This essay sample on Sassoon And Owen provides all necessary basic info on this matter, including the most common “for and against” arguments. Below are the introduction, body and conclusion parts of this essay.
The horror of war influenced these two great poets to express their disgust in poems. They both, however use contrasting styles: Owen chooses to express his disgust and anger through poems that give the reader a precise picture of what the war was really like; whereas Sassoon was an officer who protested against the way that war was being portrayed at the time. Like Owen, he wrote poems that scorned people like Jessie Pope, who glorified war.
Sassoon, who came from a privileged background, showed that after going to fight and getting an award for bravery, he hated war. He didn’t like the attitudes that the other offers had upon the war and thought that they were unnecessarily prolonging it. After writing a public protest, he wrote poems that had a cutting sarcasm, which were intended to attack the officers with pejorative language. In ‘It Doesn’t Matter’ he uses sarcasm to great effect, mimicking the voice used by people when a soldier perhaps doesn’t want to fight and they are trying to persuade him.
The line “There’s such splendid work for the blind;” is particularly hard-hitting because it is fiercely telling the reader in a heavily laden sarcastic tone, that it is fine to have one’s eyes taken away because there is good care for the blind, of course he actually means that it is not fine to have your eyes taken in war because of the pain and misery that will be suffered; Owen on the other hand, in ‘Disabled’ chooses to show the harsh reality upfront. “legless, sewn short at the elbow” tells us exactly how the man is. This is where the two poets are different.
Owen tends to give us the full brutality of what happens at war, raising the awareness of the public that it is not a game “the biggest that’s played” but a bloody mess. Sassoon likes to target the officers that thought that is was a game, and sliced into their conscience and accused them of, in ‘Suicide in the Trenches’, driving someone to suicide, he makes them feel guilty. There are many similarities between Sassoon and Owen as well as differences. When their paths crossed at Craiglockhart Hospital, where Owen was sent for shell shock, and Sassoon for punishment because of his open protest.
Wilfred Owen Siegfried Sassoon
Owen who presented some of his poems greeted Sassoon, because he was well known as an author and poet. Sassoon helped Owen write some poems but Owen kept his style of creating, what can only be described as, brilliant, truthful and vivid imagery. This was most evident in ‘Dulce et Decorum est’ when Sassoon helped Owen out. The similarities between them are that they both attack people who make war seem pleasant and fun, and some of the poems like ‘Anthem for Doomed Youth’ where Sassoon helped Owen with rhythm and structure of the poems.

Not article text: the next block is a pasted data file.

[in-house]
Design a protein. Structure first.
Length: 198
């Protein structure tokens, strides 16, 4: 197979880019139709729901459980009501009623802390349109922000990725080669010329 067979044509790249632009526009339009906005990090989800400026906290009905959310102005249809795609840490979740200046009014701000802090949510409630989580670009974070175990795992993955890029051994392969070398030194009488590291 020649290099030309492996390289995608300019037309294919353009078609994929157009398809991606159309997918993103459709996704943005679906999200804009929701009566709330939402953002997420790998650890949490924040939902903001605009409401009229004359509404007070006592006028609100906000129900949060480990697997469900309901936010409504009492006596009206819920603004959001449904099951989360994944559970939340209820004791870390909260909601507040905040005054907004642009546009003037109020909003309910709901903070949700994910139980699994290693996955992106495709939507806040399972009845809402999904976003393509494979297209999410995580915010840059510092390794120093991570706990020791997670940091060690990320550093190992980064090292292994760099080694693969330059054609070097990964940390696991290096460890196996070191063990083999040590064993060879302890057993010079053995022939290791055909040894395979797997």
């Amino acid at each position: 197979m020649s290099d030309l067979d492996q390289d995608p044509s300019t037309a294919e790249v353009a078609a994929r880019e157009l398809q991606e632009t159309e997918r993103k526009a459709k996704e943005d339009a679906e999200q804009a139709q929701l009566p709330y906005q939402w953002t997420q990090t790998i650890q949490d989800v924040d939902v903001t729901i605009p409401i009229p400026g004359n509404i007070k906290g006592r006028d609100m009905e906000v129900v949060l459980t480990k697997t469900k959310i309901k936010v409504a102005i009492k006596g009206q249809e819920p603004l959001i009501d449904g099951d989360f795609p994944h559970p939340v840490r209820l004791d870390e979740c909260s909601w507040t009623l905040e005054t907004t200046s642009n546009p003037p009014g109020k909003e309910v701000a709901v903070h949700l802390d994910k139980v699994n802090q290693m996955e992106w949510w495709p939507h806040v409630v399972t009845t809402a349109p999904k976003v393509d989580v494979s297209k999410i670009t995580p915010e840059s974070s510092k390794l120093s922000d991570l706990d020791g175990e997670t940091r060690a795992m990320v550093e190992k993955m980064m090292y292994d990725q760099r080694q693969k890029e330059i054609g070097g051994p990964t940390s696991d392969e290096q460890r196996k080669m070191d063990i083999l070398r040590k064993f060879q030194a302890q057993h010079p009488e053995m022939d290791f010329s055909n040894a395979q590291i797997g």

If poems from Sassoon and Owen are compared, there are certain elements of their poems which have the same aim but do it in a different way: look at ‘Does it Matter’ and ‘Disabled’ and the two poets are trying to show the injuries suffered by soldiers and the way that they are victimised. Owen uses the sad tragedy of a young man with everything going for him loose all that he is: a fit footballer, a ladies man, independent, turned to “legless” and “in a wheeled chair”, to highlight the horror of war. He seems to be showing that even the innocent can be attacked by the dreadfulness of battle.
He is very sombre in this poem and finds word which will make a reader screw their face up in the thought of what he has written, “leap of purple spurted from his thigh”. He enriches the poem with thick, sour and ghastly imagery, for example “He’s lost his colour very far from here, Poured it down shell holes till the veins ran dry” Sassoon’s approach to the same subject is coated with glossy sarcasm and heavy accusations towards his readers, making them feel guilty that people who get pushed out to fight without the slightest feeling that they might return with horrendous injuries.
After all, “does it matter? – Losing your legs?… For people will always be kind,” Sassoon’s main targets are his fellow officers who had this kind of disgusting attitude, which Siegfried hated. He said once that he particularly wanted to upset “blood-thirsty civilians and those who falsely glorified the war”. Other poems that they wrote also dealt with the same kind of subject.
Owen once again writes passionately in ‘Exposure’ which is the poem that he uses most to show the conditions that soldiers had to go through, for example Pale flakes with fingering stealth come feeling for our faces – ” using the personal “we” to tell his reader that he has been there and seen this, he is not making it up. Sassoon, on the other hand, uses the idea of an innocent, “simple soldier boy” very much like in ‘Disabled’ and takes him into the “winter trenches, cowed and glum” and shows as Owen does in ‘Exposure’ “the hell where youth and laughter go”. This ending line is completely contradictory. Youth and laughter are good things which should be sent to heaven, but instead they are sent to hell, which can only happen in war.
The poor boy who committed suicide “put a bullet through his brain” because of the constant “crumps and lice and lack of rum”. It seems that he has gone mad. I personally think that if I was an officer reading Sassoon’s work, I would feel extremely guilty because I would probably be one of those who glorified war thinking that it didn’t matter if people lost legs, because people will always be kind. But if I was a sixteen year old wanting to join the army to impress my girlfriend, and I read Owen’s accounts of the trenches, I would most certainly reconsider joining up.